All that said, we’re still not really getting to switch-case statements… we’re still stuck in if-else hell where we’ll have to evaluate our incoming string against potentially all of the possible options before we actually execute our actual code block. At four functions this isn’t so bad, but if we had hundreds we might really be kicking ourselves.

So how can we do better?

### Better

def switcher(func_name, val1, val2): | |

functions = { | |

"Add" : Add, | |

"Subtract" : Subtract, | |

"Multiply" : Multiply, | |

"Divide" : Divide | |

} | |

active_function = functions.get(func_name) | |

result = active_function(val1, val2) | |

return result | |

def Add(val1, val2): | |

sum_val = val1 + val2 | |

return sum_val | |

def Subtract(val1, val2): | |

sum_val = val1 – val2 | |

return sum_val | |

def Multiply(val1, val2): | |

sum_val = val1 * val2 | |

return sum_val | |

def Divide(val1, val2): | |

sum_val = val1 / val2 | |

return sum_val | |

print( switcher("Subtract", 1, 2) ) |

Better is to remember that the contents of a python dictionary can be any data type – in fact they can even be function names, or Python objects. How does that help use? Well, it means we can look up what function we want to call on the fly, call it, and even pass in variables. In the example above our switcher() function holds a dictionary of all the possible functions at our disposal – when we call our switcher we pass in the name of the function with the variables that will in turn get passed to the function. Above our active_function variable becomes the variable that’s fetched from our dictionary, which we in turn pass our incoming variables along to.

That’s great in a lot of ways, but especially in that it gets us away from long complicated if-else trees. We can also use this as a mechanism for handling short-hand names for our methods, or multiple assignments – we might want two different keys to access the same function (maybe “mult” and “Multiple” both call the same function for example).

So far this is far away a better approach, so how might we make this better still?

### Best

def switcher(func_name, vals): | |

functions = { | |

"Add" : Add, | |

"Subtract" : Subtract, | |

"Multiply" : Multiply, | |

"Divide" : Divide | |

} | |

active_function = functions.get(func_name) | |

result = active_function(vals) | |

return result | |

def Add(vals): | |

sum_val = 0 | |

for item in vals: | |

sum_val += item | |

return sum_val | |

def Subtract(vals): | |

sum_val = vals[0] | |

for item in vals[1:]: | |

sum_val -= item | |

return sum_val | |

def Multiply(vals): | |

if len(vals) > 2: | |

sum_val = 'Invalid Call – "Multiply" only takes two vals' | |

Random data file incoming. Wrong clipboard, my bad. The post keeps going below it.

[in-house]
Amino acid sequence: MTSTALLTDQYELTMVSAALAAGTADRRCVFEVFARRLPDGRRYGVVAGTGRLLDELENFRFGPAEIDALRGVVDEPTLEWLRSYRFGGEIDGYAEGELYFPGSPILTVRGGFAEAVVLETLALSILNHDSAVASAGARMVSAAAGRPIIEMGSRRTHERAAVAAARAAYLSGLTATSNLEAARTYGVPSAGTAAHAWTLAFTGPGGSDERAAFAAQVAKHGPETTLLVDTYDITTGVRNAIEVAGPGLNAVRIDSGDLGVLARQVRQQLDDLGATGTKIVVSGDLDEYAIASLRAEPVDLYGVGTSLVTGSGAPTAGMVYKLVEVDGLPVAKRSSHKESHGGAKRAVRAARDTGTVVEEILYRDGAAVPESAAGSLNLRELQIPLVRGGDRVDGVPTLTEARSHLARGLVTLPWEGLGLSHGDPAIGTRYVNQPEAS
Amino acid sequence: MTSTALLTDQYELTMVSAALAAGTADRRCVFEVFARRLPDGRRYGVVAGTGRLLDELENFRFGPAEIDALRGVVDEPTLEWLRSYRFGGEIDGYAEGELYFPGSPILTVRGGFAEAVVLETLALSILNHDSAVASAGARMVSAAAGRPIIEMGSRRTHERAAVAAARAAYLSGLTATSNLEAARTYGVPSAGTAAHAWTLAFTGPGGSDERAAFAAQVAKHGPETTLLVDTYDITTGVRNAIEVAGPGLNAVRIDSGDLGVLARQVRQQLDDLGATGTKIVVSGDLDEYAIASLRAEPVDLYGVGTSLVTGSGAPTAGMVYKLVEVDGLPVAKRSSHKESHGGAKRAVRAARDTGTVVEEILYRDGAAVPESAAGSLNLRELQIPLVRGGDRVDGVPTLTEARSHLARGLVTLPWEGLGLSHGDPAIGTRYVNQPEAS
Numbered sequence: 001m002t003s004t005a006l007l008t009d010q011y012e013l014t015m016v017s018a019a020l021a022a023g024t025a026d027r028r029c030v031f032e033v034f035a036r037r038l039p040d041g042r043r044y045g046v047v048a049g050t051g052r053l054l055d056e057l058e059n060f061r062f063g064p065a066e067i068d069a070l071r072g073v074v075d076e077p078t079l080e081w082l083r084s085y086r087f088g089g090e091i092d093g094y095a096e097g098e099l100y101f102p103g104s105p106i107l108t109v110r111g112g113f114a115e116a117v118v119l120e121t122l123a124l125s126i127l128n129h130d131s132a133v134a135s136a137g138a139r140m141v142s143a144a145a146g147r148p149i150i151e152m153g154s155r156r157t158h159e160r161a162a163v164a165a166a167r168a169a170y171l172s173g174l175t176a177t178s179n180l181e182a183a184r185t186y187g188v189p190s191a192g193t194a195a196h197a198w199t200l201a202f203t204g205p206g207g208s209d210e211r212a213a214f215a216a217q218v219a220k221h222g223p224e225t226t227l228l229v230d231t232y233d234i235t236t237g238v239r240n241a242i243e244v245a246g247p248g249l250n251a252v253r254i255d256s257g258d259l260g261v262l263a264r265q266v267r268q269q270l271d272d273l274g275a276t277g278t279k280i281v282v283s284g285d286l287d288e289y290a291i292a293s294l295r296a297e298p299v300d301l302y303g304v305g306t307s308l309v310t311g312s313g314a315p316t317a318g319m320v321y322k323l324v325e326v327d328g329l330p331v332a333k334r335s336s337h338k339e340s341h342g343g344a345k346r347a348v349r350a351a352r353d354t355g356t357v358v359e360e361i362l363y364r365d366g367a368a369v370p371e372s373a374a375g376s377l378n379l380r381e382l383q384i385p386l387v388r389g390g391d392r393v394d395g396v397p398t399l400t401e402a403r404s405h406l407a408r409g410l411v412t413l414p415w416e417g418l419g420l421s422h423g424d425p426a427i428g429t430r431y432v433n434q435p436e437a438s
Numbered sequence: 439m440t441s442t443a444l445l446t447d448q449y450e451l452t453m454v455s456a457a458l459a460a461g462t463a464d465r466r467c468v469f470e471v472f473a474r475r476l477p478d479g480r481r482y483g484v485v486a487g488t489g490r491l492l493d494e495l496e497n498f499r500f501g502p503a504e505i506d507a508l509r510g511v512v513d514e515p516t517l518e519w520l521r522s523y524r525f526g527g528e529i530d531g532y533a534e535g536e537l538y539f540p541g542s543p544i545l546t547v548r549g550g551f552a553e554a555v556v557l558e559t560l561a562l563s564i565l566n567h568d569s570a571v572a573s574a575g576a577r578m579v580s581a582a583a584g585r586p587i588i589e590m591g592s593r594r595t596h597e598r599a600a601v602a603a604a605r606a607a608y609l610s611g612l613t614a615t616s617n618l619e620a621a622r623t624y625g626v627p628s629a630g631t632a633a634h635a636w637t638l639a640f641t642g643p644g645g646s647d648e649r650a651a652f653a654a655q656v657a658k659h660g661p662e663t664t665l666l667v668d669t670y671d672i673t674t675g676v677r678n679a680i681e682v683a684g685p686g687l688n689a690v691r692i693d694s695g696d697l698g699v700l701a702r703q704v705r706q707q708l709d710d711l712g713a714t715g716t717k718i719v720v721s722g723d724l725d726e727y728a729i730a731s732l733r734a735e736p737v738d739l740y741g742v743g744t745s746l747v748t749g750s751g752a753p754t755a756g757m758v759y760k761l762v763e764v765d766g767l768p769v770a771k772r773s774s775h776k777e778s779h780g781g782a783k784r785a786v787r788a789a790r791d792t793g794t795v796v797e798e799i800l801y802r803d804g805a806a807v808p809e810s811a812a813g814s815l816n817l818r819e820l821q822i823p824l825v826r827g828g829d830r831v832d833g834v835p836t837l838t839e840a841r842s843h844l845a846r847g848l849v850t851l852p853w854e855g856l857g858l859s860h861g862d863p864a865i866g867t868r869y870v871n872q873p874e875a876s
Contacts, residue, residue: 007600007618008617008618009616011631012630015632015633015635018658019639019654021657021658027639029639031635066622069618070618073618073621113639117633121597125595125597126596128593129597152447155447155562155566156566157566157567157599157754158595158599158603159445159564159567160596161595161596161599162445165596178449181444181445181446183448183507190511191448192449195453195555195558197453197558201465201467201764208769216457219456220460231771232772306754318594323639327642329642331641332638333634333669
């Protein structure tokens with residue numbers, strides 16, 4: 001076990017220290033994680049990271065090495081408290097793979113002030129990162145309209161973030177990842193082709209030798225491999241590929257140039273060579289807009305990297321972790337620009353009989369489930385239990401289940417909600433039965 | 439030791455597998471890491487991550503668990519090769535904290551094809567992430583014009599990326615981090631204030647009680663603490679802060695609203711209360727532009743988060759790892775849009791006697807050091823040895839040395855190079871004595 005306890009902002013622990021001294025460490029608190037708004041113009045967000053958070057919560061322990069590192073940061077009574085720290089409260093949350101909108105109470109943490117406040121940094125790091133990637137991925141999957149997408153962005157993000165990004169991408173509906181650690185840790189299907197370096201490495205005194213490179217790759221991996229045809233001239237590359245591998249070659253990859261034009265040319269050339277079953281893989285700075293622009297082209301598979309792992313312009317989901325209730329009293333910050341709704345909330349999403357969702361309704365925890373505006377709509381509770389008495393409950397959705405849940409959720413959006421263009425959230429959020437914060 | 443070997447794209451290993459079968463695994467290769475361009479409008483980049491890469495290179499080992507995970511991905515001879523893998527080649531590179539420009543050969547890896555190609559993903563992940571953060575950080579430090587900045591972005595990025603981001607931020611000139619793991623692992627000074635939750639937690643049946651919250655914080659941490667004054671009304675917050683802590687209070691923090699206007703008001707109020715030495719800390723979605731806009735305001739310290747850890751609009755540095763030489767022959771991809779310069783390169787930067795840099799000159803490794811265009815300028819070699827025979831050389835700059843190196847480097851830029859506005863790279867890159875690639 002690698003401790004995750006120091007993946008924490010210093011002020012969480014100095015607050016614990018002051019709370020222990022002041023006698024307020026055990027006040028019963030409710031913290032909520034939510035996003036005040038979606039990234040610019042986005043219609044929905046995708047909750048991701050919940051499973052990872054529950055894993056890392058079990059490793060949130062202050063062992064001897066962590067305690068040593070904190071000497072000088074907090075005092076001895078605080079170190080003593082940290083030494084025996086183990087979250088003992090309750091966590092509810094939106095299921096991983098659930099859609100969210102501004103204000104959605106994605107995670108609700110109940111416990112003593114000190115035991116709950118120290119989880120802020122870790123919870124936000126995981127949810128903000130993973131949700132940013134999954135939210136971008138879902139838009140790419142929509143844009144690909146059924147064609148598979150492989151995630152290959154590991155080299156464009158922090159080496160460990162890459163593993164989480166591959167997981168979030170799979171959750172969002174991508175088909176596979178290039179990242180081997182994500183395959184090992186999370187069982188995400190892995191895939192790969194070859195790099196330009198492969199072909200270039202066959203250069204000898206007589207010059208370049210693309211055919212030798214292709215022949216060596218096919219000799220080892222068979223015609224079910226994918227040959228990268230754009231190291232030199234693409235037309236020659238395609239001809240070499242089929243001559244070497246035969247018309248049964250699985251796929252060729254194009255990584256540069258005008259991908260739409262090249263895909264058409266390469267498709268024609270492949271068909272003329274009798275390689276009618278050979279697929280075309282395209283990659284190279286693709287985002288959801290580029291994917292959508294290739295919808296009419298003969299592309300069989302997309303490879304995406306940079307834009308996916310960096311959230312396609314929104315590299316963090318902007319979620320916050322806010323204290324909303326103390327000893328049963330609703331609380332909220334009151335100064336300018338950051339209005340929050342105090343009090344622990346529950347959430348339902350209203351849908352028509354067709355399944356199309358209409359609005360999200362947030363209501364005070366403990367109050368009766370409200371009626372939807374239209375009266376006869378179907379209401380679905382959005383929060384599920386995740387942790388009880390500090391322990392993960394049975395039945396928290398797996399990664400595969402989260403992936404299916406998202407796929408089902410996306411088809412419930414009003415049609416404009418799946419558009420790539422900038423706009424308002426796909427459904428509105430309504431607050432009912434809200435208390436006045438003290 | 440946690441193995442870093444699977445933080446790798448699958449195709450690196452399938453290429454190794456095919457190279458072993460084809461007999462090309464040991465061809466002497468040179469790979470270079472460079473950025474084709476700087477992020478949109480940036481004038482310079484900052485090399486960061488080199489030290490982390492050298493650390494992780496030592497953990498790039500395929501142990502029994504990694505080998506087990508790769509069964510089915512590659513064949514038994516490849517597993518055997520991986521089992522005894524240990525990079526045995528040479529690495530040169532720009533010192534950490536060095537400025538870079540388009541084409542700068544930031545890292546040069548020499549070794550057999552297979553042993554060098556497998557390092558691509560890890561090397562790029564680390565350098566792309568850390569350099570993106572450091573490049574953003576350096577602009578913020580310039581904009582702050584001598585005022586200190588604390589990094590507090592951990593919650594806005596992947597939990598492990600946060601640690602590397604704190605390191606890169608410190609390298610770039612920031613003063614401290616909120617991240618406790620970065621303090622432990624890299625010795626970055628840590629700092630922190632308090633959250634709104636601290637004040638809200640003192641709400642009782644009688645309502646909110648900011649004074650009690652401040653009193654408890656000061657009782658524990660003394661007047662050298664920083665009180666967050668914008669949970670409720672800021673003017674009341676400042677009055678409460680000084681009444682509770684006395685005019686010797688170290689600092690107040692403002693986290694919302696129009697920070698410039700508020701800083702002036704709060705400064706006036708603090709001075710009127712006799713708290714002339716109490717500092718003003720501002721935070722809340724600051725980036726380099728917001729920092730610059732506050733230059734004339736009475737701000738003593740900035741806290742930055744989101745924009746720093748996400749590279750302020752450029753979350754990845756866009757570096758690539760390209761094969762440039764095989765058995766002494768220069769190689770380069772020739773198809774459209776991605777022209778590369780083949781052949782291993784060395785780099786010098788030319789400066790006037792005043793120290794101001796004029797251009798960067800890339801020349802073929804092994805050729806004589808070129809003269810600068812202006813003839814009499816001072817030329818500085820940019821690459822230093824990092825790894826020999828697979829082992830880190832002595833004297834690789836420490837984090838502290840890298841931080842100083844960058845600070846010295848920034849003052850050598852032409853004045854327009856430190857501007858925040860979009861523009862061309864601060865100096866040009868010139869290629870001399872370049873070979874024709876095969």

else: | |

sum_val = vals[0] * vals[1] | |

return sum_val | |

def Divide(vals): | |

if len(vals) > 2: | |

sum_val = 'Invalid Call – "Divide" only takes two vals' | |

else: | |

sum_val = vals[0] / vals[1] | |

return sum_val | |

vals = [3, 4] | |

print( switcher("Multiply", vals) ) |

We might take this one step further and start to consider how we might address accepting an arbitrary number of vals. Above we have a simple way to tackle this – probably not what you’d end up with in production, but something that should hopefully get you thinking. Here the variable vals becomes a list that can be any number of values. In the case of both our Add() and Subtract() functions we loop through all of the values – adding each val, or subtracting each val respectively. In the case of our Multiply() and Divide() functions we limit these operations to only two values for the sake of our example. What’s interesting here is that we can return can think about error handling based on the array of values that’s coming into our function.

The above is great, of course, but it’s really just the beginning of the puzzle. Where this really starts to become interesting is how you might think of integrating this approach in your python extensions.

Or if vals is a a dictionary in it’s own right rather than a simple list.

Or if you can send a command like this over the network.

Or if you can start to think about how to build out blocks of code that are specific to a single job, and universal blocks that apply to all of your projects.

Next we’ll start to pull apart some of those very ideas and see where this concept really gets exciting and creates spaces for building tools that persists right alongside the tools that you have to build for a single job.

In the meantime, experiment with some Python style switch statements to see if you can get a handle on what’s happening here, and how you might take better advantage of this method.

Happy programming!

#### References

Looking for another perspective on this approach form a more pure Python perspective? Check out this post on Jaxenter.com.